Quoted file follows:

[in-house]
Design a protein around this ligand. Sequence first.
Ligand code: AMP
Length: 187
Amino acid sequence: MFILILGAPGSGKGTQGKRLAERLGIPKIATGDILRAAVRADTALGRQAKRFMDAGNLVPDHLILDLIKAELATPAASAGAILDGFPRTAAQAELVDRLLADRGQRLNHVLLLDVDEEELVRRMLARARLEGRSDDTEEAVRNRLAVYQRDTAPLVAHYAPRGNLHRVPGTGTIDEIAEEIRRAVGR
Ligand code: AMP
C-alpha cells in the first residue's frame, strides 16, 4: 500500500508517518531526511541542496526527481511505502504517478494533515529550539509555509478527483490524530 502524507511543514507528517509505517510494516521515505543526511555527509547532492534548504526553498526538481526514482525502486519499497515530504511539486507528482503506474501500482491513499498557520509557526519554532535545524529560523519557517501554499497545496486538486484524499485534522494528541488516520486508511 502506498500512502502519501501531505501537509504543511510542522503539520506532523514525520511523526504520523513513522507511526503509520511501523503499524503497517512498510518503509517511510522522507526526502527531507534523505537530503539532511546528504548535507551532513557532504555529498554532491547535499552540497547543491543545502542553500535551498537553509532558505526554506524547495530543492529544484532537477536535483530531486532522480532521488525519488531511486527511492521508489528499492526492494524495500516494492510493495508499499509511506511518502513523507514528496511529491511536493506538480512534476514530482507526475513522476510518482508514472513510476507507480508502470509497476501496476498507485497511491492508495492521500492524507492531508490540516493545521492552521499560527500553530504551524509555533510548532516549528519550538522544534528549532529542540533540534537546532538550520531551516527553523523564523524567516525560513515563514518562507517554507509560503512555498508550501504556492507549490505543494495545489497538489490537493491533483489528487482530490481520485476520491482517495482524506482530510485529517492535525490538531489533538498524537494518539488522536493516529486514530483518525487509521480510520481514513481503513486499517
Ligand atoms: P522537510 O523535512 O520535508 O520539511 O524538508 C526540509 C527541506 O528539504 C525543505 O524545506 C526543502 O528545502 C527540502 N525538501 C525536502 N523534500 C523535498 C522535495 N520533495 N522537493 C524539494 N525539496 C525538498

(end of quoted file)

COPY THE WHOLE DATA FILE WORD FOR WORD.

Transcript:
[in-house]
Design a protein around this ligand. Sequence first.
Ligand code: AMP
Length: 187
Amino acid sequence: MFILILGAPGSGKGTQGKRLAERLGIPKIATGDILRAAVRADTALGRQAKRFMDAGNLVPDHLILDLIKAELATPAASAGAILDGFPRTAAQAELVDRLLADRGQRLNHVLLLDVDEEELVRRMLARARLEGRSDDTEEAVRNRLAVYQRDTAPLVAHYAPRGNLHRVPGTGTIDEIAEEIRRAVGR
Ligand code: AMP
C-alpha cells in the first residue's frame, strides 16, 4: 500500500508517518531526511541542496526527481511505502504517478494533515529550539509555509478527483490524530 502524507511543514507528517509505517510494516521515505543526511555527509547532492534548504526553498526538481526514482525502486519499497515530504511539486507528482503506474501500482491513499498557520509557526519554532535545524529560523519557517501554499497545496486538486484524499485534522494528541488516520486508511 502506498500512502502519501501531505501537509504543511510542522503539520506532523514525520511523526504520523513513522507511526503509520511501523503499524503497517512498510518503509517511510522522507526526502527531507534523505537530503539532511546528504548535507551532513557532504555529498554532491547535499552540497547543491543545502542553500535551498537553509532558505526554506524547495530543492529544484532537477536535483530531486532522480532521488525519488531511486527511492521508489528499492526492494524495500516494492510493495508499499509511506511518502513523507514528496511529491511536493506538480512534476514530482507526475513522476510518482508514472513510476507507480508502470509497476501496476498507485497511491492508495492521500492524507492531508490540516493545521492552521499560527500553530504551524509555533510548532516549528519550538522544534528549532529542540533540534537546532538550520531551516527553523523564523524567516525560513515563514518562507517554507509560503512555498508550501504556492507549490505543494495545489497538489490537493491533483489528487482530490481520485476520491482517495482524506482530510485529517492535525490538531489533538498524537494518539488522536493516529486514530483518525487509521480510520481514513481503513486499517
Ligand atoms: P522537510 O523535512 O520535508 O520539511 O524538508 C526540509 C527541506 O528539504 C525543505 O524545506 C526543502 O528545502 C527540502 N525538501 C525536502 N523534500 C523535498 C522535495 N520533495 N522537493 C524539494 N525539496 C525538498